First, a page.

When I was a boy I was brought up in an Episcopal church in the South. I loved that church, its members and the priest. Many years later I still think of him. He was a successful minister of a rapidly growing church. He was rewarded by being made the evangelistic bishop of Wyoming—a place where there were few people and where he could do no damage, preaching to sheep and cattle. One thing about him—he was not political. Neither were the cattle he was left to minister to.
Now look at the Episcopal Church in America. Highly political, very politically correct, full of leaders with huge egos, and congregations that are diminishing in size. It seems its impending failure is unimportant as long as the egos get all the attention they need and as long as politics are the Church’s message to the world. I feel like weeping for the Episcopal Church which has become a testimony to the things that are temporal.
Episcopal leaders aren’t the only ones to seek what they understand—the political—and avoid the religious, which remains a mystery. I suspect the ministers of such churches are not confident in their calling or they wouldn’t have scrambled after each popular cause that came down the pike.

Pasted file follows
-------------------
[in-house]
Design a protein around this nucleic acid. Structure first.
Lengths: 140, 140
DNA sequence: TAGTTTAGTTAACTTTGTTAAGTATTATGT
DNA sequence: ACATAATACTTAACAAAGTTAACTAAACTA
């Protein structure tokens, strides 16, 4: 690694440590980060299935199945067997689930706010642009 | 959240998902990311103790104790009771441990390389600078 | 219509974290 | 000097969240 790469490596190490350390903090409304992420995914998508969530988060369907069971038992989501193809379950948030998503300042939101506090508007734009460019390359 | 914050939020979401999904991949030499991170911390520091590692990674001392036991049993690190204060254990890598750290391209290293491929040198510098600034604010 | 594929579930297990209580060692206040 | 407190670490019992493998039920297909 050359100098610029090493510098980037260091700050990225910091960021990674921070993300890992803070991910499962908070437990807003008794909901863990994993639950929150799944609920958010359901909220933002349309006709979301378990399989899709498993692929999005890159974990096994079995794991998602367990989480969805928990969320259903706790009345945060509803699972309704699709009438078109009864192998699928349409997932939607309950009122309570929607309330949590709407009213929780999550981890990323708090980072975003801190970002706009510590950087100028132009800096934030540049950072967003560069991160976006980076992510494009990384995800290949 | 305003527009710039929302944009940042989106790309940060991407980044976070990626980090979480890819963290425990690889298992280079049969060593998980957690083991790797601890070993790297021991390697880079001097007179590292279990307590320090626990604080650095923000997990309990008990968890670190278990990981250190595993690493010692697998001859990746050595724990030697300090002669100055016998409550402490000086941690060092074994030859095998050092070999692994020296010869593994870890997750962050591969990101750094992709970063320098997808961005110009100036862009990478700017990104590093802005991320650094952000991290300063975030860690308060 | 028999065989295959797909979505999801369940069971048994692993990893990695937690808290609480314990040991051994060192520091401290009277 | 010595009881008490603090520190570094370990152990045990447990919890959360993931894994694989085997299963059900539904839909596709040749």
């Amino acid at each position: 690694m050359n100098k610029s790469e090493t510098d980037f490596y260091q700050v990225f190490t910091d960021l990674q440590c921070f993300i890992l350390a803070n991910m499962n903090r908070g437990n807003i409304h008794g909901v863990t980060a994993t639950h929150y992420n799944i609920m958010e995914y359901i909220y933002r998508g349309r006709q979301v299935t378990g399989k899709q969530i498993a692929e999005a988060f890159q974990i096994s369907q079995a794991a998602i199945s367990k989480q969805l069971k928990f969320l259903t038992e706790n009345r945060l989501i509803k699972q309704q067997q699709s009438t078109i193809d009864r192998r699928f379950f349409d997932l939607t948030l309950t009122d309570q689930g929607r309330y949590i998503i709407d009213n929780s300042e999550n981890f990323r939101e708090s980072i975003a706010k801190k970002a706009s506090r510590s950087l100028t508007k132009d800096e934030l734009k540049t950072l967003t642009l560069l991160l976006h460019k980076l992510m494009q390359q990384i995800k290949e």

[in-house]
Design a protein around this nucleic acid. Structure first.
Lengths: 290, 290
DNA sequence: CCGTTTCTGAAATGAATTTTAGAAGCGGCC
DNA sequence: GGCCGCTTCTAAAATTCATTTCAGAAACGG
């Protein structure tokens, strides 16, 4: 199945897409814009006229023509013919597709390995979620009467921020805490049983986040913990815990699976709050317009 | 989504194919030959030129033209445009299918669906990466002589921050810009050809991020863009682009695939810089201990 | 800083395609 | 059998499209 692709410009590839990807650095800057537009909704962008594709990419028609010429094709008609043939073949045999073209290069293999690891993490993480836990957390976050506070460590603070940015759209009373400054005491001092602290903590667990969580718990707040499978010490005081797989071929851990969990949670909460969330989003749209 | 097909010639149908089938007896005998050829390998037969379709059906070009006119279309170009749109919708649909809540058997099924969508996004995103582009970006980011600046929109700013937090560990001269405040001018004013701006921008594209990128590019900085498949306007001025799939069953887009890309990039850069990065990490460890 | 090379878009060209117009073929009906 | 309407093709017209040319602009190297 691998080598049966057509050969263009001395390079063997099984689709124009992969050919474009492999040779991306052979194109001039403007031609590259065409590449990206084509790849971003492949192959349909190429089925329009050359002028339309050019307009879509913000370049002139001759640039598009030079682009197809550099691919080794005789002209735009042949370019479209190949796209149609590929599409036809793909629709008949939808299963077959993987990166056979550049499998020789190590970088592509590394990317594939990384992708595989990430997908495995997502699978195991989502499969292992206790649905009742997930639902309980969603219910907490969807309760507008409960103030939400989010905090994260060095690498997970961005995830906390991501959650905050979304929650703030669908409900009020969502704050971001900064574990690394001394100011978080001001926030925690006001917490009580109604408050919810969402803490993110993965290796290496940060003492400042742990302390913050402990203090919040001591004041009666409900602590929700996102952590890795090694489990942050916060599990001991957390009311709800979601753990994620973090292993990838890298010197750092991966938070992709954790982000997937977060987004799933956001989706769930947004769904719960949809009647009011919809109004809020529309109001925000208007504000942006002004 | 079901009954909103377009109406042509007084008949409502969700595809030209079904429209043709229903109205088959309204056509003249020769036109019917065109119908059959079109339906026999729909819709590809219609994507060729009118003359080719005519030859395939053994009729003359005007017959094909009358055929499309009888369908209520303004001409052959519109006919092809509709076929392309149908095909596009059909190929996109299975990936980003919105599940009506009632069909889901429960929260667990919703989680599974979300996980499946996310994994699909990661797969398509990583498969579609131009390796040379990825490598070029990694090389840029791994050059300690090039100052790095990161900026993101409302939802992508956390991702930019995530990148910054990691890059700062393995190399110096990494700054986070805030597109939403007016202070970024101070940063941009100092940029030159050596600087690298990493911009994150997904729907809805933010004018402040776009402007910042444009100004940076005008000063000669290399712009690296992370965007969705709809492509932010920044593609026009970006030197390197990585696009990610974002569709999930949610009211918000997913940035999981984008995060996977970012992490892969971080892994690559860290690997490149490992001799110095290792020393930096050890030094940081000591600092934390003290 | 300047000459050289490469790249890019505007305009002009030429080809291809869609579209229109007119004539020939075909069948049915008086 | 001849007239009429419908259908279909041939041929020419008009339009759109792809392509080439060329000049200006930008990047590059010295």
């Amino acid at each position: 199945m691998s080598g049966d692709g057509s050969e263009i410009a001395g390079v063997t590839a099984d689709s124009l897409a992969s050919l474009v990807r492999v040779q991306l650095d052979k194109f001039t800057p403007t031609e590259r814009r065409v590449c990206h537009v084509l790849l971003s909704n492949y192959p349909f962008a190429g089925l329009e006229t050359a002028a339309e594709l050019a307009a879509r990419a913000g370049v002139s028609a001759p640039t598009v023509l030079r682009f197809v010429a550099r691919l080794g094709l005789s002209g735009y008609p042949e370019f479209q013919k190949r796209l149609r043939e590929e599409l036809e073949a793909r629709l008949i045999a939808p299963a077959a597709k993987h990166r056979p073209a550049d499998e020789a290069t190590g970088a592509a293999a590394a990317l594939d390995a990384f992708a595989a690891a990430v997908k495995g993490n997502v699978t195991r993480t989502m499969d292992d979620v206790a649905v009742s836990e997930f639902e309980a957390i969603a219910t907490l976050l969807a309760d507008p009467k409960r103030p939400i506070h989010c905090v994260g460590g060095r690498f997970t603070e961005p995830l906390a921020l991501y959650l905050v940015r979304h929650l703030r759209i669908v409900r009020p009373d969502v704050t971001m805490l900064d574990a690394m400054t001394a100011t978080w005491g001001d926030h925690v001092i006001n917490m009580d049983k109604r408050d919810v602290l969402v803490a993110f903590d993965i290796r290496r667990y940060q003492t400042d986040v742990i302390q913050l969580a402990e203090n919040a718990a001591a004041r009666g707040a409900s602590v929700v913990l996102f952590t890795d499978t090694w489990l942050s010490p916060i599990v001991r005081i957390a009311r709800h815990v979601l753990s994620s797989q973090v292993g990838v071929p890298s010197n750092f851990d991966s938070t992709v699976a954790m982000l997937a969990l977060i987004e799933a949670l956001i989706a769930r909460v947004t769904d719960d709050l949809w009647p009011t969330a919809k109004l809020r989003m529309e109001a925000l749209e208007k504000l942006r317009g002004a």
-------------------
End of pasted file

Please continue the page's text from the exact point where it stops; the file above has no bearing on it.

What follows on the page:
I recall the story of the leader of a Methodist church who was given a Viet Cong flag in the early 1970’s and conducted a march through the streets of his conservative town bravely flying the flag of Communists. A large portion of his membership fled to other churches in the area and never returned. So the minister wrecked his own church and no doubt feels morally superior to those who left, even thirty years later. After all, the “right thinking” people stayed, didn’t they? That feeling of moral superiority must be important to some.
One thing the Judeo-Christian ethic teaches us about moral superiority is that no one has a monopoly on it. The insignificant widow in the Bible who gave two small coins, gave all she had, which was far more than the significant wealthy people gave. And the widow wasn’t giving out of a desire moral superiority, she was giving out of a sense of love. I, for one, am not sure how love fits into the moral superiority scheme of things.
Moral+Superiority Episcopal Methodist Religion Politics